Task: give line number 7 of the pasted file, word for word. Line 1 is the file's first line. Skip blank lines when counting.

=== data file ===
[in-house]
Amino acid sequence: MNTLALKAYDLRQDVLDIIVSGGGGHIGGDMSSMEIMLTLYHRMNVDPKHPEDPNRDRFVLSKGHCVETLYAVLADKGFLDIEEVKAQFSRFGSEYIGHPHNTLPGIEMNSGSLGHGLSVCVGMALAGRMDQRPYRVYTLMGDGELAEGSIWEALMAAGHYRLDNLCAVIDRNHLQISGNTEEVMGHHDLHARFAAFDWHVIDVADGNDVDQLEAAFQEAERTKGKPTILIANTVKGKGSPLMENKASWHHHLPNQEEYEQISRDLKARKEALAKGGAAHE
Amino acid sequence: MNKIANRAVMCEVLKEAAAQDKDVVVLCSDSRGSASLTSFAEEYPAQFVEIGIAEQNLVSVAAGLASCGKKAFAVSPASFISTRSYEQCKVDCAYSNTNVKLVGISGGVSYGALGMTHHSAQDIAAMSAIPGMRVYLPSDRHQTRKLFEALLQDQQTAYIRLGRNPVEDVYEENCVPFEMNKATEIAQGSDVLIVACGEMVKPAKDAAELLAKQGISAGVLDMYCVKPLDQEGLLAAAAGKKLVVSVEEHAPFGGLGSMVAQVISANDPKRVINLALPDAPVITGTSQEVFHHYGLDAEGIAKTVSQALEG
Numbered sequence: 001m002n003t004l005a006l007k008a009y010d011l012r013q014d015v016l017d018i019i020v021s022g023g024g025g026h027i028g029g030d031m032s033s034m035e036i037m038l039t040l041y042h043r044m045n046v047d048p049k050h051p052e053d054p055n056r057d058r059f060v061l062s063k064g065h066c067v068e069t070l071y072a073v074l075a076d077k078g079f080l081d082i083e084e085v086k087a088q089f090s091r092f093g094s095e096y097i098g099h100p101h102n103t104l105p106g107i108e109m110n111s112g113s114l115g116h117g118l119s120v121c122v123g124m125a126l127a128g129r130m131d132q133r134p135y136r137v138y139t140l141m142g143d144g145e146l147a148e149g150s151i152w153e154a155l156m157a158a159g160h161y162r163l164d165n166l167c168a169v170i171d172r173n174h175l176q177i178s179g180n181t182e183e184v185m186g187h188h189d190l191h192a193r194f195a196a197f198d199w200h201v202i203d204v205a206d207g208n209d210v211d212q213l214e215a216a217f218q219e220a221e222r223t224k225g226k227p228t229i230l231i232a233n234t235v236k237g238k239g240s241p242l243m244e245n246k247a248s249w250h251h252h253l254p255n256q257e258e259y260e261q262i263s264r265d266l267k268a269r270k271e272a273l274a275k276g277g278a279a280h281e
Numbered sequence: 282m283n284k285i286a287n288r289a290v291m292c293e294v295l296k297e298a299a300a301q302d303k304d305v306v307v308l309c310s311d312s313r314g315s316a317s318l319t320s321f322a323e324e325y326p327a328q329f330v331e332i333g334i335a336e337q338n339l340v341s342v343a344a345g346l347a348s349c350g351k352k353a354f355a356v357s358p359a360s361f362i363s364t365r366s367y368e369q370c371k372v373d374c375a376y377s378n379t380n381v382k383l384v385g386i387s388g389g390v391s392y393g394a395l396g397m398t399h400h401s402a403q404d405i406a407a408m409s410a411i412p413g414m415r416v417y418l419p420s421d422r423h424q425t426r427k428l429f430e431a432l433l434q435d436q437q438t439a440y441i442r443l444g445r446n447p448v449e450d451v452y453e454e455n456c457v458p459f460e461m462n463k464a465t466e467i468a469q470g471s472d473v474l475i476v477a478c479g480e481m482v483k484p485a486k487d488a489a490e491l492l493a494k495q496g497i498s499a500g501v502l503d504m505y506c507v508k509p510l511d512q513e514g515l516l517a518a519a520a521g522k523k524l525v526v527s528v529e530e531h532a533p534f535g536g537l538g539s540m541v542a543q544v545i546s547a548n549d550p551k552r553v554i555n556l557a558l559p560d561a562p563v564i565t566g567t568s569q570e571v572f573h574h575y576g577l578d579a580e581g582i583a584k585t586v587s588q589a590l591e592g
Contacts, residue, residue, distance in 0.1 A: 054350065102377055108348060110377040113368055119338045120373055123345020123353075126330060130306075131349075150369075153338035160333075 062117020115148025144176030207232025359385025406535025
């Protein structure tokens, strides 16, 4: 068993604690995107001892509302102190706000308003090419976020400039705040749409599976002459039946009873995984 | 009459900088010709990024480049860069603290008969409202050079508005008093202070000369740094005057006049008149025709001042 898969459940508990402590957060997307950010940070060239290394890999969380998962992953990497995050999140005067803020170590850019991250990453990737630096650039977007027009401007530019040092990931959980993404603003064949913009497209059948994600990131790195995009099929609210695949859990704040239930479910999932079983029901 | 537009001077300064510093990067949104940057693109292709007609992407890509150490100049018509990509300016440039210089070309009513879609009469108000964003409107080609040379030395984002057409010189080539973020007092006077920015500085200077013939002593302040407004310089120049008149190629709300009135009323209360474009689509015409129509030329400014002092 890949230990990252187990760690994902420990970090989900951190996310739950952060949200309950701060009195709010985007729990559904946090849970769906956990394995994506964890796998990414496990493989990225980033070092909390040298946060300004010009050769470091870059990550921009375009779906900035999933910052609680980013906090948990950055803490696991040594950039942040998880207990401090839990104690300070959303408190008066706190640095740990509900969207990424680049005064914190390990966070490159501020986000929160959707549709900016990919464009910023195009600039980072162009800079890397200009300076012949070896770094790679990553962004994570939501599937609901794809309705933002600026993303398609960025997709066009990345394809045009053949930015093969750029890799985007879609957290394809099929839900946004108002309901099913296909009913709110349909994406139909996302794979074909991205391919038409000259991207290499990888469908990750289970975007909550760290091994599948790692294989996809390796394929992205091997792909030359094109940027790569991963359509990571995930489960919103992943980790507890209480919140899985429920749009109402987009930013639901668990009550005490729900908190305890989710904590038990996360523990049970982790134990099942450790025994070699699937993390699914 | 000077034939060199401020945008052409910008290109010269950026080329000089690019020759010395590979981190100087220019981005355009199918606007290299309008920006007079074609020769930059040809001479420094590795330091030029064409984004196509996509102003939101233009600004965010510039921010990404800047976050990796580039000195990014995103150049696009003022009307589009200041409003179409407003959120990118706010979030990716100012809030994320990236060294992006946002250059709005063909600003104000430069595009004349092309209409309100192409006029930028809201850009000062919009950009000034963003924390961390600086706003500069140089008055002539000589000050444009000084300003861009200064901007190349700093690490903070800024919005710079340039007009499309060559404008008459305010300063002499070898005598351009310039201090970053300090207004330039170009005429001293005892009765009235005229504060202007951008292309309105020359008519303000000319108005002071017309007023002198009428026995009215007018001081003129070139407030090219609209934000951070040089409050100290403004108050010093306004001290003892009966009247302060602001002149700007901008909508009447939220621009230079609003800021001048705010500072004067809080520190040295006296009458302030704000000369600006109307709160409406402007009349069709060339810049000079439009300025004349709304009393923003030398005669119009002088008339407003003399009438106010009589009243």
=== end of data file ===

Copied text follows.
């Protein structure tokens, strides 16, 4: 068993604690995107001892509302102190706000308003090419976020400039705040749409599976002459039946009873995984 | 009459900088010709990024480049860069603290008969409202050079508005008093202070000369740094005057006049008149025709001042 898969459940508990402590957060997307950010940070060239290394890999969380998962992953990497995050999140005067803020170590850019991250990453990737630096650039977007027009401007530019040092990931959980993404603003064949913009497209059948994600990131790195995009099929609210695949859990704040239930479910999932079983029901 | 537009001077300064510093990067949104940057693109292709007609992407890509150490100049018509990509300016440039210089070309009513879609009469108000964003409107080609040379030395984002057409010189080539973020007092006077920015500085200077013939002593302040407004310089120049008149190629709300009135009323209360474009689509015409129509030329400014002092 890949230990990252187990760690994902420990970090989900951190996310739950952060949200309950701060009195709010985007729990559904946090849970769906956990394995994506964890796998990414496990493989990225980033070092909390040298946060300004010009050769470091870059990550921009375009779906900035999933910052609680980013906090948990950055803490696991040594950039942040998880207990401090839990104690300070959303408190008066706190640095740990509900969207990424680049005064914190390990966070490159501020986000929160959707549709900016990919464009910023195009600039980072162009800079890397200009300076012949070896770094790679990553962004994570939501599937609901794809309705933002600026993303398609960025997709066009990345394809045009053949930015093969750029890799985007879609957290394809099929839900946004108002309901099913296909009913709110349909994406139909996302794979074909991205391919038409000259991207290499990888469908990750289970975007909550760290091994599948790692294989996809390796394929992205091997792909030359094109940027790569991963359509990571995930489960919103992943980790507890209480919140899985429920749009109402987009930013639901668990009550005490729900908190305890989710904590038990996360523990049970982790134990099942450790025994070699699937993390699914 | 000077034939060199401020945008052409910008290109010269950026080329000089690019020759010395590979981190100087220019981005355009199918606007290299309008920006007079074609020769930059040809001479420094590795330091030029064409984004196509996509102003939101233009600004965010510039921010990404800047976050990796580039000195990014995103150049696009003022009307589009200041409003179409407003959120990118706010979030990716100012809030994320990236060294992006946002250059709005063909600003104000430069595009004349092309209409309100192409006029930028809201850009000062919009950009000034963003924390961390600086706003500069140089008055002539000589000050444009000084300003861009200064901007190349700093690490903070800024919005710079340039007009499309060559404008008459305010300063002499070898005598351009310039201090970053300090207004330039170009005429001293005892009765009235005229504060202007951008292309309105020359008519303000000319108005002071017309007023002198009428026995009215007018001081003129070139407030090219609209934000951070040089409050100290403004108050010093306004001290003892009966009247302060602001002149700007901008909508009447939220621009230079609003800021001048705010500072004067809080520190040295006296009458302030704000000369600006109307709160409406402007009349069709060339810049000079439009300025004349709304009393923003030398005669119009002088008339407003003399009438106010009589009243």